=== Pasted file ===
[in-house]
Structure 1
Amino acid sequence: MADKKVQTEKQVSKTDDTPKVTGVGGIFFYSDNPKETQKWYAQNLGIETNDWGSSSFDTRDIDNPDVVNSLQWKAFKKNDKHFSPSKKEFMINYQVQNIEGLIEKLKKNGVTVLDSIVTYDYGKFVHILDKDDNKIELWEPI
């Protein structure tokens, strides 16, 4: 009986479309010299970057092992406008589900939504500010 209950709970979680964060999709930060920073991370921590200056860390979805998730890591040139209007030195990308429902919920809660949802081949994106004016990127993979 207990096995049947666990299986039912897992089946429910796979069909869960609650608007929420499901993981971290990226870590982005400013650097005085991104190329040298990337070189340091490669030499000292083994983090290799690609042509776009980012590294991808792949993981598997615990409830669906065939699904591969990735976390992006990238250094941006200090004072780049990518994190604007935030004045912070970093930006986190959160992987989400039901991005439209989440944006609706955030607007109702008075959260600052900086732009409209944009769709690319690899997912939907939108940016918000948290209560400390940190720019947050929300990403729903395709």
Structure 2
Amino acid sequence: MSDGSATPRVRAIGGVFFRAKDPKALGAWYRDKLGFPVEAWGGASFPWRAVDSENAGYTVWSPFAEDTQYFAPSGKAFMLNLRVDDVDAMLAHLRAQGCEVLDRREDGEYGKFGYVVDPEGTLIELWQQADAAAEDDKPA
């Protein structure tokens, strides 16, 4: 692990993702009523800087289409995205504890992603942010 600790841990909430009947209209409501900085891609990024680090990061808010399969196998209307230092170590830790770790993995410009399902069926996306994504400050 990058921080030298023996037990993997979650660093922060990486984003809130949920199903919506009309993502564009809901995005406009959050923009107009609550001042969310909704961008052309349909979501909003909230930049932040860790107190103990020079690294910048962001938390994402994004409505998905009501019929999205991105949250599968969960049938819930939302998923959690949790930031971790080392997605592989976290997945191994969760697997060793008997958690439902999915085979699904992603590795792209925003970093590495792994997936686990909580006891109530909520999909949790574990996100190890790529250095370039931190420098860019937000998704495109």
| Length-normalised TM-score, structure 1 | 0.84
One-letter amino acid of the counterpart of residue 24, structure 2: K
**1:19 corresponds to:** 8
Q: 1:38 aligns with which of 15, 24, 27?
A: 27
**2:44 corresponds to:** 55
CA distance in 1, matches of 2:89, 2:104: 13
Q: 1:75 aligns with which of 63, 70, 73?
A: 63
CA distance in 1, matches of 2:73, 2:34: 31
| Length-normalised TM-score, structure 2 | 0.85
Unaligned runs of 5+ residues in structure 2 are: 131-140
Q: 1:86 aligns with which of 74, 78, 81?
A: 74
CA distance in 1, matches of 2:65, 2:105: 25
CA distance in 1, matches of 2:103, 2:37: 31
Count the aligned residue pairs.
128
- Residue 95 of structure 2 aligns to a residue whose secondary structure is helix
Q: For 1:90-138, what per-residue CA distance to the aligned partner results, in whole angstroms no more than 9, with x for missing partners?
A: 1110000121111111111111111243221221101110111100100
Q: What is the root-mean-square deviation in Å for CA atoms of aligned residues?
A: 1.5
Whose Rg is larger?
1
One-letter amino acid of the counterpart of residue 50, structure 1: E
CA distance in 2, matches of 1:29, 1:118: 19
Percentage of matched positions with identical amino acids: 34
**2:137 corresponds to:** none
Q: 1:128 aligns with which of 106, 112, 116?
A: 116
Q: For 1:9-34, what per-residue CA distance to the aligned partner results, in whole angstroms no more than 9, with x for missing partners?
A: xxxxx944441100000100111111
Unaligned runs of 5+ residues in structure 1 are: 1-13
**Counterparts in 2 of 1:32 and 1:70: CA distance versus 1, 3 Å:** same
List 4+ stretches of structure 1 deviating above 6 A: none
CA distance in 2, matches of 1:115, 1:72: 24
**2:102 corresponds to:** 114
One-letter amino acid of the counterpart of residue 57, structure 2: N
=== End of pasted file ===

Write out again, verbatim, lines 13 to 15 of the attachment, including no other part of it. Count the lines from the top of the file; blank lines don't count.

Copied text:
**2:44 corresponds to:** 55
CA distance in 1, matches of 2:89, 2:104: 13
Q: 1:75 aligns with which of 63, 70, 73?